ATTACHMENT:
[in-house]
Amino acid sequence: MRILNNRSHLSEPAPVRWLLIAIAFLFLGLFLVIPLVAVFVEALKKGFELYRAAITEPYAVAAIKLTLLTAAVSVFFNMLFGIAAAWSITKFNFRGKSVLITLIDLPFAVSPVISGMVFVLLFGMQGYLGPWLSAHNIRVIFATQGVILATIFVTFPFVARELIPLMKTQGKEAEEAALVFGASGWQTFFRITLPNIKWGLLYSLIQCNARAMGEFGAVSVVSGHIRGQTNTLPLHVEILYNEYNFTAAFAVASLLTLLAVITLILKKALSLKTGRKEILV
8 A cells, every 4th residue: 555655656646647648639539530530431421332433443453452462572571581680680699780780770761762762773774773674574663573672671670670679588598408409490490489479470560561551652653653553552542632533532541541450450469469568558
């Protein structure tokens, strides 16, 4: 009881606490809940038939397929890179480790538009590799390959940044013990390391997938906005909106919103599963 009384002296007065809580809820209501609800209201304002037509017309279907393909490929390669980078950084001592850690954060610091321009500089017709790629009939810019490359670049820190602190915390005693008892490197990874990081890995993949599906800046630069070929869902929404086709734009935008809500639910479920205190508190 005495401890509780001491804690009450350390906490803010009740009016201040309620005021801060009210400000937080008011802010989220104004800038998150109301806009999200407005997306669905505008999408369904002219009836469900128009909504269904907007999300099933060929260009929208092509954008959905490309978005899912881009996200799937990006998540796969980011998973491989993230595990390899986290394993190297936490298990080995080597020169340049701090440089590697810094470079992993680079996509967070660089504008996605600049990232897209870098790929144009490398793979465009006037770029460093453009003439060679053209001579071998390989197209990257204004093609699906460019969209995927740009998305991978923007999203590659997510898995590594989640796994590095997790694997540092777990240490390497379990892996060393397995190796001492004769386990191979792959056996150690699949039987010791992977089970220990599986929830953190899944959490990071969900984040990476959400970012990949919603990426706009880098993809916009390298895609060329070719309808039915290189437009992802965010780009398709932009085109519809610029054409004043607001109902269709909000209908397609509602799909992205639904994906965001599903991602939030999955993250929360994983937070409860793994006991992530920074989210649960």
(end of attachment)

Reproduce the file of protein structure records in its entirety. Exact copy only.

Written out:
[in-house]
Amino acid sequence: MRILNNRSHLSEPAPVRWLLIAIAFLFLGLFLVIPLVAVFVEALKKGFELYRAAITEPYAVAAIKLTLLTAAVSVFFNMLFGIAAAWSITKFNFRGKSVLITLIDLPFAVSPVISGMVFVLLFGMQGYLGPWLSAHNIRVIFATQGVILATIFVTFPFVARELIPLMKTQGKEAEEAALVFGASGWQTFFRITLPNIKWGLLYSLIQCNARAMGEFGAVSVVSGHIRGQTNTLPLHVEILYNEYNFTAAFAVASLLTLLAVITLILKKALSLKTGRKEILV
8 A cells, every 4th residue: 555655656646647648639539530530431421332433443453452462572571581680680699780780770761762762773774773674574663573672671670670679588598408409490490489479470560561551652653653553552542632533532541541450450469469568558
């Protein structure tokens, strides 16, 4: 009881606490809940038939397929890179480790538009590799390959940044013990390391997938906005909106919103599963 009384002296007065809580809820209501609800209201304002037509017309279907393909490929390669980078950084001592850690954060610091321009500089017709790629009939810019490359670049820190602190915390005693008892490197990874990081890995993949599906800046630069070929869902929404086709734009935008809500639910479920205190508190 005495401890509780001491804690009450350390906490803010009740009016201040309620005021801060009210400000937080008011802010989220104004800038998150109301806009999200407005997306669905505008999408369904002219009836469900128009909504269904907007999300099933060929260009929208092509954008959905490309978005899912881009996200799937990006998540796969980011998973491989993230595990390899986290394993190297936490298990080995080597020169340049701090440089590697810094470079992993680079996509967070660089504008996605600049990232897209870098790929144009490398793979465009006037770029460093453009003439060679053209001579071998390989197209990257204004093609699906460019969209995927740009998305991978923007999203590659997510898995590594989640796994590095997790694997540092777990240490390497379990892996060393397995190796001492004769386990191979792959056996150690699949039987010791992977089970220990599986929830953190899944959490990071969900984040990476959400970012990949919603990426706009880098993809916009390298895609060329070719309808039915290189437009992802965010780009398709932009085109519809610029054409004043607001109902269709909000209908397609509602799909992205639904994906965001599903991602939030999955993250929360994983937070409860793994006991992530920074989210649960």